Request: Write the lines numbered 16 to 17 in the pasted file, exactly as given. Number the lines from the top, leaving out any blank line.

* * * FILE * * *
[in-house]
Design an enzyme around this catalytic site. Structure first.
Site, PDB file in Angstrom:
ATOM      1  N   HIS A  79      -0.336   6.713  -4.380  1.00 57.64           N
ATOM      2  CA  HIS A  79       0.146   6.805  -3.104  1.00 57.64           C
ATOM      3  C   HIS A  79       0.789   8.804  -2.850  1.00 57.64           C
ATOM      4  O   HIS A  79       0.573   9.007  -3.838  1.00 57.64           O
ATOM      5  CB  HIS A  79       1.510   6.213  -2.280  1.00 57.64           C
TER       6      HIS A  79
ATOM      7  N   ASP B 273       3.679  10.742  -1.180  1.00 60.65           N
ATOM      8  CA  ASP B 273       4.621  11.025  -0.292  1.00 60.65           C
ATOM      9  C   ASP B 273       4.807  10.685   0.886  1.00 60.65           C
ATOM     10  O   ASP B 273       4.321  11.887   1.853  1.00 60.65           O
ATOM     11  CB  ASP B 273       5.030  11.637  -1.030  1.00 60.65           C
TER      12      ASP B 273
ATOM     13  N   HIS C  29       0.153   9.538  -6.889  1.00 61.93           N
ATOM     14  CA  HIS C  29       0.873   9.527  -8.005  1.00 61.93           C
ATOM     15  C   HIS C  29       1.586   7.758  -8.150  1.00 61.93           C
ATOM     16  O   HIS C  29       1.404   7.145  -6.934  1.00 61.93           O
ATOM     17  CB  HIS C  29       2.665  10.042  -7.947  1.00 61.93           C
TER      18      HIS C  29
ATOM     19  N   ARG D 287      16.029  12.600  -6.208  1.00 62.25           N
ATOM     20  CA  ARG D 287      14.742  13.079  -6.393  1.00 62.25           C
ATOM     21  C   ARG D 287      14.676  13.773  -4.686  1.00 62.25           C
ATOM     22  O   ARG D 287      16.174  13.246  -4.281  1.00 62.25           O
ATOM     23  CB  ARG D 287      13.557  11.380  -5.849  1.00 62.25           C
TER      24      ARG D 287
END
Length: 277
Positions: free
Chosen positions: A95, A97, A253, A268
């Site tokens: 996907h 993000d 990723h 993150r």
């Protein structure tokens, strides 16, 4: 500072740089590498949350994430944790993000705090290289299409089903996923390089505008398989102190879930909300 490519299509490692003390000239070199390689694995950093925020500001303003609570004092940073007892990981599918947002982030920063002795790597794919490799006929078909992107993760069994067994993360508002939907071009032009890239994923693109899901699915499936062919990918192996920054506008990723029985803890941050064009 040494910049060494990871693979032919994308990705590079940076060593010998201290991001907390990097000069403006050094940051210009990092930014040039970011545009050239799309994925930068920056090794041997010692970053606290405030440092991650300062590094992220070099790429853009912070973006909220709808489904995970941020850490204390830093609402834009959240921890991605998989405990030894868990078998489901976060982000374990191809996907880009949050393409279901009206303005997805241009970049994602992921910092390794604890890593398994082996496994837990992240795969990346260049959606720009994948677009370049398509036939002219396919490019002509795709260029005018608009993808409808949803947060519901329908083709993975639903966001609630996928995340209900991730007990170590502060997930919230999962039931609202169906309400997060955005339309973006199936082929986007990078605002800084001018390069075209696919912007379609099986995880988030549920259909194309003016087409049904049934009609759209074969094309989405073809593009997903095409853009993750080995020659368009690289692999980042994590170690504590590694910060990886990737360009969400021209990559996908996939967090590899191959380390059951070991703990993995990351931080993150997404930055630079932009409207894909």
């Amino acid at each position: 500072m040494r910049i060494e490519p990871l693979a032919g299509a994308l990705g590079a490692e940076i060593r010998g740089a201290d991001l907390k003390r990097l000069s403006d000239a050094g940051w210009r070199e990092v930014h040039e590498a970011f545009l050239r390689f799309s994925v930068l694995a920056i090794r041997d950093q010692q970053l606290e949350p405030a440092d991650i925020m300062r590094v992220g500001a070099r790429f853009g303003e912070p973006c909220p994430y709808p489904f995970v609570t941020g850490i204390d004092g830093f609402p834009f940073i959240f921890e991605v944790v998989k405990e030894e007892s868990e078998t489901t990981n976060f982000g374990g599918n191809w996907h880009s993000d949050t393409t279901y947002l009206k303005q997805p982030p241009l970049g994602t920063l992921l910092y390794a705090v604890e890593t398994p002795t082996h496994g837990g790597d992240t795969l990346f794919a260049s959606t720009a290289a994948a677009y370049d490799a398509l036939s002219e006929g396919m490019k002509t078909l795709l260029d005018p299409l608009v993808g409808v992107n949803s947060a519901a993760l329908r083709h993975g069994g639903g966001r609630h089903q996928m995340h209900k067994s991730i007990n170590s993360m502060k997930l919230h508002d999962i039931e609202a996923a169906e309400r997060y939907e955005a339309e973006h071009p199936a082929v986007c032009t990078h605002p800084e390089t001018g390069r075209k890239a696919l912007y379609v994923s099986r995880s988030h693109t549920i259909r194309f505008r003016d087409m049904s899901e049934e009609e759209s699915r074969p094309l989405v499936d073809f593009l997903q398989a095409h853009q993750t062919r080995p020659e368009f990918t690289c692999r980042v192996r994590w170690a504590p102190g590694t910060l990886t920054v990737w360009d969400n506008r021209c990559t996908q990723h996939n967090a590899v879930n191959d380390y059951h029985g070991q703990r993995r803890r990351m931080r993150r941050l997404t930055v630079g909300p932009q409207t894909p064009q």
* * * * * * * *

ATOM     13  N   HIS C  29       0.153   9.538  -6.889  1.00 61.93           N
ATOM     14  CA  HIS C  29       0.873   9.527  -8.005  1.00 61.93           C